What I definitely want to know, though, is what exactly people like Sy Hersh and some senators who had access to all the evidence were talking about, when they mentioned things that were too terrible to even put in words (maybe my memory fails me, but I think that never got spelled out). ALL of this stuff should be published in detail, with or without photos (conditional on what I said above), on the front page of the NYT.

novakant, I agree completely. I'm sure some victims would definitely want the pictures published - exactly what I'm trying to argue for is recognising their right to be involved in the debate. And there's no excuse for not publishing all the information available, as soon and in as much detail as possible - as long as it can be done without injuring people who have already been injured enough.

Ugh was the first to identify the real point in the statement from Obama.

' "The publication of these photos would not add any additional benefit to our understanding of what was carried out in the past by a small number of individuals," Obama said yesterday. '

I am ambivalent about the realease of the photos. I've seen enough from the initial set to realize the horrors that were perpetrated! The real issue is the continuation of the meme of "a few bad apples." Yes indeed, justice has been served by prosecuting Linde England. Not!

I want to see prosecutions of those truly responsible for this: Cheny, Bush ....

Gary, my larger point remains: President Obama embracing secrecy over transparency is more of the same, more of the same Bush/Cheney crap, not Change We Can Believe In. I'm with those who think the release of these pictures may provoke additional pressure on Obama to push for an independent prosecutor because, sadly, it seems as if political pressure, not principle, will serve as his guide.

Agreed, watchininwonder. Obama's tortured use of the term "carried out" in his larger phrase "what was carried out in the past by a small number of individuals," is not only the same tired song we've heard before, it continues to beg the question under whose (criminal?) orders was that "small number of individuals" operating? ("small number," by the way, compared to what? The total force in Iraq or the total number of prisoner-keeper-interrogators?) and will those who issued the orders be called to account? I'm less concerned about the ones who "carried out" the acts as I am about the one's who gave the unambiguous orders to do so... as well as how uniformly and consistently those orders were followed.

And, yes. Release the photos. Let's get to the very bottom of this cesspit, whatever it takes. And let's clean it the f#*k out.

"...may provoke additional pressure on Obama to push for an independent prosecutor...."

As I keep pointing out, Obama can't appoint an independent prosecutor: there's no law allowing for that any more.

Were there any expressions of ambivalence in comments here or elsewhere, outside objections from the usual Republicans (and Joe Lieberman, but I repeat myself) back several weeks ago when the Obama administration announced that it would be releasing these images? In fairness, there may not have been a main post to respond to.

But who has expressed objections? Ray Odierno, under whose command 4th ID troops got a reputation for dealing abusively or worse with Iraqis. There's a very good chance that some of those are in these photos.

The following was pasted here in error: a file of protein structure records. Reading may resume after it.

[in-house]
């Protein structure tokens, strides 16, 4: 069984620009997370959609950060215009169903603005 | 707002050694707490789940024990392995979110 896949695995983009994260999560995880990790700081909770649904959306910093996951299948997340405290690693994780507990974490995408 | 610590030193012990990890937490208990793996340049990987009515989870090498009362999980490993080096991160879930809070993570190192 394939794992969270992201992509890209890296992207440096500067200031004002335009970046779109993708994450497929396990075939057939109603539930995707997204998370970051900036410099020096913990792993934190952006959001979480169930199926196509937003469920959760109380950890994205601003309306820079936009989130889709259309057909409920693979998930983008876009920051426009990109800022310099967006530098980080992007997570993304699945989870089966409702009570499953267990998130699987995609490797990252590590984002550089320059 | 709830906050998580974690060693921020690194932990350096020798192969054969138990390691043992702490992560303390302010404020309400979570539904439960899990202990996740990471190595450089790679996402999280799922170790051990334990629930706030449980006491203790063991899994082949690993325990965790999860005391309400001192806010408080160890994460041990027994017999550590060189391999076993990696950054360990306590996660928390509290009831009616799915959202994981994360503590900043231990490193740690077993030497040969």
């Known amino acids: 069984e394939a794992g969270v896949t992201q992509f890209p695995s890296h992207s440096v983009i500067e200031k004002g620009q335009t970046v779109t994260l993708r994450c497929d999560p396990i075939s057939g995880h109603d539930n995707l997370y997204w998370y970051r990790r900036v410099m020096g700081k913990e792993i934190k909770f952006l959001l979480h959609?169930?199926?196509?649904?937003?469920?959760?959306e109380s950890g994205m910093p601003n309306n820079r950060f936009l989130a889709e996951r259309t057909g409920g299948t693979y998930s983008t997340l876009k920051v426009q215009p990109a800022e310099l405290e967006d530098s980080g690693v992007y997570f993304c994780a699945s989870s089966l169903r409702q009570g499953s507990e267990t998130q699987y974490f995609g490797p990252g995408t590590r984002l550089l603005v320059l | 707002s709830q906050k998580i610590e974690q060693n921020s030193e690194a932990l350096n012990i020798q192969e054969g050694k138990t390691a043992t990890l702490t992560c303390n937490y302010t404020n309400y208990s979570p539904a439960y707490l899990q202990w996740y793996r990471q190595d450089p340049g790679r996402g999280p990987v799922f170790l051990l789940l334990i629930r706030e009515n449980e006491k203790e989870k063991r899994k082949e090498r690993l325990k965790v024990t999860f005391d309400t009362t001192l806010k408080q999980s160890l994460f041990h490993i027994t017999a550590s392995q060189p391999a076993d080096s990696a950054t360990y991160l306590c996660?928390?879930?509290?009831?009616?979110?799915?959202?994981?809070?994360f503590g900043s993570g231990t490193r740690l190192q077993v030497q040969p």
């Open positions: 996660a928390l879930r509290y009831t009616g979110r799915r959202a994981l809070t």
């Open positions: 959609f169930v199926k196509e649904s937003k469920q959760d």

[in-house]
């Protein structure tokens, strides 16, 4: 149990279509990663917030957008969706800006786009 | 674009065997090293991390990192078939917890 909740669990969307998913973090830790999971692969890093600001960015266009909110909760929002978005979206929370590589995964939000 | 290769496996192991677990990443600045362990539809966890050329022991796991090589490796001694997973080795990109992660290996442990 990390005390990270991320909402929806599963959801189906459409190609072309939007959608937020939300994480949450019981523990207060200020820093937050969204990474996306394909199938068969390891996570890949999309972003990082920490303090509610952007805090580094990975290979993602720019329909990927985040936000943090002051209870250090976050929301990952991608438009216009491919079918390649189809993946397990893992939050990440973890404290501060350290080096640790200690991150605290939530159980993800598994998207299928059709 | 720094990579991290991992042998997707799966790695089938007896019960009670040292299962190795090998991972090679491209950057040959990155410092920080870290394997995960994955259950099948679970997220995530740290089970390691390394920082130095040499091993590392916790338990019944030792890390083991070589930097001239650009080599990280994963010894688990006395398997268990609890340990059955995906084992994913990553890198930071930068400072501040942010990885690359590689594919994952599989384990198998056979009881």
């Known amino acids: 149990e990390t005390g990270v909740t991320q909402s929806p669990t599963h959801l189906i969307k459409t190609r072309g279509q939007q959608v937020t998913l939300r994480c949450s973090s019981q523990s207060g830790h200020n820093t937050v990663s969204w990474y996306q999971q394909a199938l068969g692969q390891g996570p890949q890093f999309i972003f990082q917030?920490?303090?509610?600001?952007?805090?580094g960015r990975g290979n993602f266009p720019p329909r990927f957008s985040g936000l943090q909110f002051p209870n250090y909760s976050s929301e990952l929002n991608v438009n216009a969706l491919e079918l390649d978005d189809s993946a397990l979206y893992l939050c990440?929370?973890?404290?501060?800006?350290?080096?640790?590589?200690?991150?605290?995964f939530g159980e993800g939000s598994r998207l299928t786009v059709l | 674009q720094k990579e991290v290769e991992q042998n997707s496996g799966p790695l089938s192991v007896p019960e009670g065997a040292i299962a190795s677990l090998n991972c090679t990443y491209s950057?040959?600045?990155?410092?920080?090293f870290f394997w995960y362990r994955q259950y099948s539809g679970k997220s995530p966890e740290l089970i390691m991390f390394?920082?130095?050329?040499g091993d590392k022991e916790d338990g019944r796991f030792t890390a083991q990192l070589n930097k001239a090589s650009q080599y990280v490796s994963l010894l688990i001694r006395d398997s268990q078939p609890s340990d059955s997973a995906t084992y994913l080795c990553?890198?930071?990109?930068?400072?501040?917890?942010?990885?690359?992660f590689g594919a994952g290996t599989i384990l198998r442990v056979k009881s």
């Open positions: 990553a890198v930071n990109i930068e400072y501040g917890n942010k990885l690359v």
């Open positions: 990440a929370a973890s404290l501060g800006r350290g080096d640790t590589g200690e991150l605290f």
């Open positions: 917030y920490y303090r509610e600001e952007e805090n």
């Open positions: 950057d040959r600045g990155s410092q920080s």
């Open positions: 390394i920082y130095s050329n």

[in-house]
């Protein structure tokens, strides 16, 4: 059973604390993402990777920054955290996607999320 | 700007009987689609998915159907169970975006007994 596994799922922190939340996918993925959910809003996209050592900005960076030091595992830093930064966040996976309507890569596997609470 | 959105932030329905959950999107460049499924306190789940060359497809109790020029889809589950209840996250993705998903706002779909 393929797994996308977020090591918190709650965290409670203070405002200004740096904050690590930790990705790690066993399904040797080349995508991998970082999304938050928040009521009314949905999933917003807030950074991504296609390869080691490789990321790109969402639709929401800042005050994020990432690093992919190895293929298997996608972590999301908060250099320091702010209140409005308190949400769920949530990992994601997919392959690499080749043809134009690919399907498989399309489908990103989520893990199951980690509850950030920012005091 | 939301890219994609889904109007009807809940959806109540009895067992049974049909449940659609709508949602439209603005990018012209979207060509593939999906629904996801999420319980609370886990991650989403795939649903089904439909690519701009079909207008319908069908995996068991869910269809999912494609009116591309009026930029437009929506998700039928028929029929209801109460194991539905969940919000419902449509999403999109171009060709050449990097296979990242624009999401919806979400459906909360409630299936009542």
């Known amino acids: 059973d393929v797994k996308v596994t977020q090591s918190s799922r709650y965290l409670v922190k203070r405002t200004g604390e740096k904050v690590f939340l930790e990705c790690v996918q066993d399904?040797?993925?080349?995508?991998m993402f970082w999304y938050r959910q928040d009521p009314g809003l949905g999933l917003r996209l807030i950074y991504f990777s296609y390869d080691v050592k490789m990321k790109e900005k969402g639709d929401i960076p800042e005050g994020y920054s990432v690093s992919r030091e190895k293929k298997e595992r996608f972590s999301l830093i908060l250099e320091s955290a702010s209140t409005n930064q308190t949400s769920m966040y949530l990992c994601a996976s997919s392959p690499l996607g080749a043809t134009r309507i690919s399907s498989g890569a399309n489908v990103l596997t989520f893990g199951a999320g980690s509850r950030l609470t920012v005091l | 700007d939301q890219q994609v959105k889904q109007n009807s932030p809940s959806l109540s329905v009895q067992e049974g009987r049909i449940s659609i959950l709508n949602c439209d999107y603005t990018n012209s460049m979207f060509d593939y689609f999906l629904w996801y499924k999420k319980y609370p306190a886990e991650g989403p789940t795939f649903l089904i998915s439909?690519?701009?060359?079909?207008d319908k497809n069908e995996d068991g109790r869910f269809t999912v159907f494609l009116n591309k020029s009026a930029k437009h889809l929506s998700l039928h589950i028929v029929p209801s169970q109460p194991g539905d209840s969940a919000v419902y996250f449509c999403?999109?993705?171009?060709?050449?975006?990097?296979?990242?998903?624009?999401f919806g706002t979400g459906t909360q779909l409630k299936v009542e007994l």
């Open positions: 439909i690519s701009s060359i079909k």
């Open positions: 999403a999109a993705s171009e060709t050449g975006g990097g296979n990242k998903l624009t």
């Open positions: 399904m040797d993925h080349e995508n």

Joe Lieberman, who has defended the Bush-Cheney torture regime and fought every effort to release information. Lindsey "you can't handle the truth!" Graham.

It was a fraudulent excuse when Bush used it, and it's a fraudulent excuse now.

Obama is in a jam, and trying to delay his way out of it. It's a jam created by the fact that several of his top commanders in the ongoing imperial quagmires have command responsibility for torture, but have not and probably will not be held accountable for it.

In order to proceed on the path he's chosen wrt the generals, Obama has also apparently felt it necessary to put out his own version of the 'bad apples' story: that all the torture throughout military detention centers has been investigated and perpetrators held accountable, and it was a small number of people, and it's all done now. All parts of that narrative are untrue.

It's the converse of the 'almost all the remaining prisoners at Guantanamo are threats' false narrative he started out his term with.

@Justine:

The courts have already dealt with the Geneva-protection-of-prisoners' privacy argument in the course of this case, and rejected it. A commenter at Emptywheel recently quoted that portion of a ruling; I will find it and link by the end of this evening so you can decide for yourself if you agree with the judges' thinking.

From all appearances, you are making that case for suppression of the images in good faith.

For the Bush administration DoJ (and DoD in a supporting brief), the goal was to suppress the images period, and the rights-of-prisoners tack was simply one more approach to try. They of course had the legal right to try to make any arguments open to them, but there is no reason to credit them with any sincere concern because they pursued such a point.

This reminds me a lot of Kant's excesses -- the whole "Truth telling is a moral duty, so even if telling the truth gets your friend killed, you are bound to do it."

@watchinginwonder:

The very fact that you already support prosecutions makes clear that you don't need to see these images.

But the U.S. as a whole needs for them to be released.

A great many people in this country have managed to avoid grasping how pervasive the abuse and torture of prisoners held by the U.S. has been. The value of these images is that they make undeniable the severity of illegal treatment, and that they demonstrate that it took place in Guantanamo, Afghanistan, and multiple locations in Iraq as well as in the CIA secret prisons.